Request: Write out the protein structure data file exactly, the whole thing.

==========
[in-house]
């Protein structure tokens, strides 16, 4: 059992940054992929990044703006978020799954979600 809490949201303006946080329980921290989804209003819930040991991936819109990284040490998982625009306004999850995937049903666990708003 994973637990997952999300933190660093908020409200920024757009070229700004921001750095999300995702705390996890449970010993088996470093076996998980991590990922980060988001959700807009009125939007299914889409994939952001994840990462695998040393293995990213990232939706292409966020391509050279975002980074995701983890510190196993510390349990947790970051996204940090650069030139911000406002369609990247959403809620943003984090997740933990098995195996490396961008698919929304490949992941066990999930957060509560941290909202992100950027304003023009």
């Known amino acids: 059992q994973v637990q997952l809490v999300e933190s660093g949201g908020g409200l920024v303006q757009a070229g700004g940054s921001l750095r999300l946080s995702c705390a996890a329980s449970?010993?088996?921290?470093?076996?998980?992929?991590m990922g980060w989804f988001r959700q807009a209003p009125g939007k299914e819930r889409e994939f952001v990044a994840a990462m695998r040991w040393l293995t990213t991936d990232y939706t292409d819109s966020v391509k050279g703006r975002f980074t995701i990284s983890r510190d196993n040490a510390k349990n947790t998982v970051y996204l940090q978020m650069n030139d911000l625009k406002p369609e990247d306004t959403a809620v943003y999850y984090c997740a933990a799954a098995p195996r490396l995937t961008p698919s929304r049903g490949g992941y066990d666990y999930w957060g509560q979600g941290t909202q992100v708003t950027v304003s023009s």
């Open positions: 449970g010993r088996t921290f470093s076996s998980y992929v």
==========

[in-house]
């Protein structure tokens, strides 16, 4: 059992940054992929990044703006978020799954979600 809490949201303006946080329980921290989804209003819930040991991936819109990284040490998982625009306004999850995937049903666990708003 994973637990997952999300933190660093908020409200920024757009070229700004921001750095999300995702705390996890449970010993088996470093076996998980991590990922980060988001959700807009009125939007299914889409994939952001994840990462695998040393293995990213990232939706292409966020391509050279975002980074995701983890510190196993510390349990947790970051996204940090650069030139911000406002369609990247959403809620943003984090997740933990098995195996490396961008698919929304490949992941066990999930957060509560941290909202992100950027304003023009």
């Known amino acids: 059992q994973v637990q997952l809490v999300e933190s660093g949201g908020g409200l920024v303006q757009a070229g700004g940054s921001l750095r999300l946080s995702c705390a996890a329980s449970?010993?088996?921290?470093?076996?998980?992929?991590m990922g980060w989804f988001r959700q807009a209003p009125g939007k299914e819930r889409e994939f952001v990044a994840a990462m695998r040991w040393l293995t990213t991936d990232y939706t292409d819109s966020v391509k050279g703006r975002f980074t995701i990284s983890r510190d196993n040490a510390k349990n947790t998982v970051y996204l940090q978020m650069n030139d911000l625009k406002p369609e990247d306004t959403a809620v943003y999850y984090c997740a933990a799954a098995p195996r490396l995937t961008p698919s929304r049903g490949g992941y066990d666990y999930w957060g509560q979600g941290t909202q992100v708003t950027v304003s023009s």
């Open positions: 449970g010993r088996t921290f470093s076996s998980y992929v």